Lite 98 Parent Talk
Liz Pearce, Director of Parent Engagement
Children’s Museum of Richmond
School is starting in less than three weeks (September 3rd) and you’ve got a middle schooler or teen that hasn’t finished their summer reading … or even started – Yikes! What’s a parent to do? First of all, don’t panic. Your child has approximately 320 hours of non-sleeping time left. Or ….
You could go ahead and acknowledge that your teen may have a tendency to procrastinate. Many teens procrastinate – stemming from early adolescence when it’s entirely normal to push back against demands from grown-ups. Your child’s response “In a minute!!” may turn into several minutes, or hours.
So now you have an opportunity to guide your kiddo to overcoming procrastination, by showing him or her the steps to getting a task done, just like adults have to do in the “real world”.
1. If you are worried about how to start, feel free to let the teens know that you recently realized that you aren’t doing them any favors by not preparing them for the real world. They will have real responsibilities very soon, and you want them to be independent, considerate and successful adults. The key to this will be an even-tempered delivery of your message, consistency in your actions, and genuine respect for your teen’s effort.
2. Set up a meeting with your middle schooler or teen, and set aside 20 minutes (at the most) to discuss the situation, and find solutions. This is not the time for lecturing, shame or guilt. Refrain from making it personal, and avoid bringing up past mistakes. Instead of “You always leave things to the last minute!” say, “This book needs to be completed by September 3rd. Let’s discuss a plan for getting that done.”
3. Jot down other responsibilities that need to be met before school starts, and record them on the family calendar. Having a visual reminder of the days and weeks ahead is a necessity for most of us, and required for the distracted teen brain.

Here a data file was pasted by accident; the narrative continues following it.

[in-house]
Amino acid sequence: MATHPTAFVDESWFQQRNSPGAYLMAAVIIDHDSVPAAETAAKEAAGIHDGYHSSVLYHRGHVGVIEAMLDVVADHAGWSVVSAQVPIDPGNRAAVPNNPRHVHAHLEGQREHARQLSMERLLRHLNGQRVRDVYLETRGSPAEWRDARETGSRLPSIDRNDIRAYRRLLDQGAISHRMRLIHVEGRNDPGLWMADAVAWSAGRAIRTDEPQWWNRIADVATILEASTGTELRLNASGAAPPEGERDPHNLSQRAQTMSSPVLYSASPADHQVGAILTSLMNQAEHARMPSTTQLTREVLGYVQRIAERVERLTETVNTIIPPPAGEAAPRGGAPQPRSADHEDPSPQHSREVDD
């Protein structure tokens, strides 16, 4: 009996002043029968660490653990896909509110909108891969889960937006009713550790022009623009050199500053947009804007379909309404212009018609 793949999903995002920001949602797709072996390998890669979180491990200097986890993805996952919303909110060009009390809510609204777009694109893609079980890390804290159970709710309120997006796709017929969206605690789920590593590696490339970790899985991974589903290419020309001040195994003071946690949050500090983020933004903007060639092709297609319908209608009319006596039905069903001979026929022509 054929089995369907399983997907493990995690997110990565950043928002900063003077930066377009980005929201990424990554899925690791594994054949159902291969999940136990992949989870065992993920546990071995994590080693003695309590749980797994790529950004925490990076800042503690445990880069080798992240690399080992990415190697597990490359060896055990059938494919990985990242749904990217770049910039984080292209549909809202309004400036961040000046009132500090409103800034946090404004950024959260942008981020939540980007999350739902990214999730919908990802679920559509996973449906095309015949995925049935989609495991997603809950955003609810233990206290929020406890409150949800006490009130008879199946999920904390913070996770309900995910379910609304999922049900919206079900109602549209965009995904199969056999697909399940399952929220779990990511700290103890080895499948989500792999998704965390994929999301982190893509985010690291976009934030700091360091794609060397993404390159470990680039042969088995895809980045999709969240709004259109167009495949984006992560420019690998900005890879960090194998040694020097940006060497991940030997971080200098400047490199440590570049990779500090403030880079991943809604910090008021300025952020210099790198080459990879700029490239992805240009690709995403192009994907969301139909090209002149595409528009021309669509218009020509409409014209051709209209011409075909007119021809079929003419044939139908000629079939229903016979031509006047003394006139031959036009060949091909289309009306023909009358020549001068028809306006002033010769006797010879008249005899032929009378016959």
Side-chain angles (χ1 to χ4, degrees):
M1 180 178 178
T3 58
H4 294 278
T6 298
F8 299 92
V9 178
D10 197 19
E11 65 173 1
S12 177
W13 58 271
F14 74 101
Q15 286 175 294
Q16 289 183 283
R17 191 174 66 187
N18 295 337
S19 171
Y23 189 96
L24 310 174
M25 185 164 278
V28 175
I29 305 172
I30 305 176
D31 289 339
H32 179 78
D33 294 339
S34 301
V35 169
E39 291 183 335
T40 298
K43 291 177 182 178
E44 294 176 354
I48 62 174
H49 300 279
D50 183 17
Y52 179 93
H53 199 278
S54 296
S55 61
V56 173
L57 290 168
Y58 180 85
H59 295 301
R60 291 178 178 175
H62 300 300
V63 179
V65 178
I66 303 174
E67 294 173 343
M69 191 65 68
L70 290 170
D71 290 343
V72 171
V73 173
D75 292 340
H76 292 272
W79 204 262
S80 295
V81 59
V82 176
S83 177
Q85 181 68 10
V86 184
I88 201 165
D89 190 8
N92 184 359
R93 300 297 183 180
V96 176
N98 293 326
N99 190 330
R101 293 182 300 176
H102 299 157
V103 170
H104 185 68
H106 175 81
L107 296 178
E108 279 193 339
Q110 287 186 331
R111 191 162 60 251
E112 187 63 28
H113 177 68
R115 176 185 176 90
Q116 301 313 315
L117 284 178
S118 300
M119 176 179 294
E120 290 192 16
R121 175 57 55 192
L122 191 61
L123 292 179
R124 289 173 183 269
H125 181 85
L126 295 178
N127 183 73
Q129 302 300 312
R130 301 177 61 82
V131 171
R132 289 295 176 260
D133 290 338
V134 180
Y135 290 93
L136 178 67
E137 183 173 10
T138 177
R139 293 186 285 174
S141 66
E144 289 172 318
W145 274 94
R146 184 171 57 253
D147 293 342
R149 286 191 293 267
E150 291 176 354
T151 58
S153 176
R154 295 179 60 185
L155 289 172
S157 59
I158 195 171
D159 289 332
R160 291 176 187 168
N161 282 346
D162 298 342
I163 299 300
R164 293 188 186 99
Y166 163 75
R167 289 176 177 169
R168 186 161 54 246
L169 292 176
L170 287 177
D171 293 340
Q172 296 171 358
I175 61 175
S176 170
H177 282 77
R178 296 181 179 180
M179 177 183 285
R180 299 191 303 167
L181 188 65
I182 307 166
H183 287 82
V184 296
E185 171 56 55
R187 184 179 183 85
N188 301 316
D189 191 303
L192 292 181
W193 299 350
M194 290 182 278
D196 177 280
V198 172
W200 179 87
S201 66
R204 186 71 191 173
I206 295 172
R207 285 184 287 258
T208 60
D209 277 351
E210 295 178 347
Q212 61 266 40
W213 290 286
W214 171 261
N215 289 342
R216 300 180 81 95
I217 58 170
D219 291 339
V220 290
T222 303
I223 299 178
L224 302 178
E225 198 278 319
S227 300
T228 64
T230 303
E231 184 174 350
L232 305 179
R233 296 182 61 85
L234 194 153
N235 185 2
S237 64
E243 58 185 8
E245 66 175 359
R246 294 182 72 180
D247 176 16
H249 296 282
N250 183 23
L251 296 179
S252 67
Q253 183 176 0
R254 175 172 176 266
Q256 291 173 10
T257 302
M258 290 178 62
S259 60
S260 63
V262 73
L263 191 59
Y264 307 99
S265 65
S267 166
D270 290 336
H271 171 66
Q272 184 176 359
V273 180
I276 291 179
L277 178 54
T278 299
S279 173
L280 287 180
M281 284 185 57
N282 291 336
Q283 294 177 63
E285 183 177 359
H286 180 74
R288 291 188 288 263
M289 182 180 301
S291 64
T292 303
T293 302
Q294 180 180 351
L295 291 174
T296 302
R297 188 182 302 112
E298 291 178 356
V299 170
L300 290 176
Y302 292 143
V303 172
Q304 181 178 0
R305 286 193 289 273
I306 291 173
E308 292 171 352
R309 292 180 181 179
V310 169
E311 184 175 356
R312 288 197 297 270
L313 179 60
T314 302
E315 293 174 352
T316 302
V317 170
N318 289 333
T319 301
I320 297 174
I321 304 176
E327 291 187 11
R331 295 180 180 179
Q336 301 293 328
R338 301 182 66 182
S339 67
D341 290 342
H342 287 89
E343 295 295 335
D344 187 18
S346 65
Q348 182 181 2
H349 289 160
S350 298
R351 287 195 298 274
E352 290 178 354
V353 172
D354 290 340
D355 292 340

4. Determine what will be more motivating for your teen – earning a special privilege for completing responsible behavior OR losing a privilege for not completing responsible behavior.For example, if your teen demonstrates he or she can finish summer work independently, perhaps it’s time to allow more privileges. On the other hand, if he or she can’t finish summer work independently, perhaps it’s time to restrict cell phone usage or screen time.
5. Write up a “contract” with the expected behavior, the desired outcome, and the agreed upon reward or consequence. You may post it if you like, or put it somewhere for safekeeping. The act of writing something down can often improve commitment to a goal.
6. Encourage your teen, without berating or nagging. Your goal here, dear parent, is to guide them, without forcing them to complete the assignment. If the summer reading is not completed, your student will suffer the consequences at school (hopefully) and learn an important lesson in procrastination. Should that happen, empathize with them, and realize they are gaining valuable knowledge, when the price is low. Learning the lessons of procrastination later could result in the loss of a job, or other adult privileges.
If you need more ideas, call the Commonwealth Parenting tip line at 545-1928 for free, confidential advice.